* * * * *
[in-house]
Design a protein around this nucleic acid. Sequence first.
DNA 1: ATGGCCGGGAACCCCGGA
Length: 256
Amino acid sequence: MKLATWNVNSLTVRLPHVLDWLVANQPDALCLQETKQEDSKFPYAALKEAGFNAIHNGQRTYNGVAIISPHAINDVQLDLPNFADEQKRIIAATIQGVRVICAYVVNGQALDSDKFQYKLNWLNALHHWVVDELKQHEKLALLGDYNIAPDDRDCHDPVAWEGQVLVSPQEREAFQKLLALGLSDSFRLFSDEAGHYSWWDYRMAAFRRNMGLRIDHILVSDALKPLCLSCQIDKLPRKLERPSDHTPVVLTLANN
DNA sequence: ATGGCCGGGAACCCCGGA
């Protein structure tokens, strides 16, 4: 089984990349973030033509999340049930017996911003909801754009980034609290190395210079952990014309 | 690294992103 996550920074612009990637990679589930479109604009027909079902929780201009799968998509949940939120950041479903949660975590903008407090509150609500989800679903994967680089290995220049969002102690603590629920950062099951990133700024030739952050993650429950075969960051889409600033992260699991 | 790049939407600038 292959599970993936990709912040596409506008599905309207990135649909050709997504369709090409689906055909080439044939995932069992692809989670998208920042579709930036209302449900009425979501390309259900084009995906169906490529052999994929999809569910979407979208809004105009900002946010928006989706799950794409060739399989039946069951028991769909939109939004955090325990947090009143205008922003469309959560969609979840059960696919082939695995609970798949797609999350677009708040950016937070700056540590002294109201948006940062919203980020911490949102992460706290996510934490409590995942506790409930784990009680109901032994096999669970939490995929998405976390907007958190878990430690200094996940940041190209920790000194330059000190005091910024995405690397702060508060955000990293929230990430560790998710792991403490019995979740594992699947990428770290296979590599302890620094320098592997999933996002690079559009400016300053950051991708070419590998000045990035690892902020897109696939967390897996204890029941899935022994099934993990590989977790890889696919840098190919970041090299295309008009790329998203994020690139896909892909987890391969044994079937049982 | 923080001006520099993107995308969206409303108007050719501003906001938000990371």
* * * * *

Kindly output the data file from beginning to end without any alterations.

[in-house]
Design a protein around this nucleic acid. Sequence first.
DNA 1: ATGGCCGGGAACCCCGGA
Length: 256
Amino acid sequence: MKLATWNVNSLTVRLPHVLDWLVANQPDALCLQETKQEDSKFPYAALKEAGFNAIHNGQRTYNGVAIISPHAINDVQLDLPNFADEQKRIIAATIQGVRVICAYVVNGQALDSDKFQYKLNWLNALHHWVVDELKQHEKLALLGDYNIAPDDRDCHDPVAWEGQVLVSPQEREAFQKLLALGLSDSFRLFSDEAGHYSWWDYRMAAFRRNMGLRIDHILVSDALKPLCLSCQIDKLPRKLERPSDHTPVVLTLANN
DNA sequence: ATGGCCGGGAACCCCGGA
């Protein structure tokens, strides 16, 4: 089984990349973030033509999340049930017996911003909801754009980034609290190395210079952990014309 | 690294992103 996550920074612009990637990679589930479109604009027909079902929780201009799968998509949940939120950041479903949660975590903008407090509150609500989800679903994967680089290995220049969002102690603590629920950062099951990133700024030739952050993650429950075969960051889409600033992260699991 | 790049939407600038 292959599970993936990709912040596409506008599905309207990135649909050709997504369709090409689906055909080439044939995932069992692809989670998208920042579709930036209302449900009425979501390309259900084009995906169906490529052999994929999809569910979407979208809004105009900002946010928006989706799950794409060739399989039946069951028991769909939109939004955090325990947090009143205008922003469309959560969609979840059960696919082939695995609970798949797609999350677009708040950016937070700056540590002294109201948006940062919203980020911490949102992460706290996510934490409590995942506790409930784990009680109901032994096999669970939490995929998405976390907007958190878990430690200094996940940041190209920790000194330059000190005091910024995405690397702060508060955000990293929230990430560790998710792991403490019995979740594992699947990428770290296979590599302890620094320098592997999933996002690079559009400016300053950051991708070419590998000045990035690892902020897109696939967390897996204890029941899935022994099934993990590989977790890889696919840098190919970041090299295309008009790329998203994020690139896909892909987890391969044994079937049982 | 923080001006520099993107995308969206409303108007050719501003906001938000990371």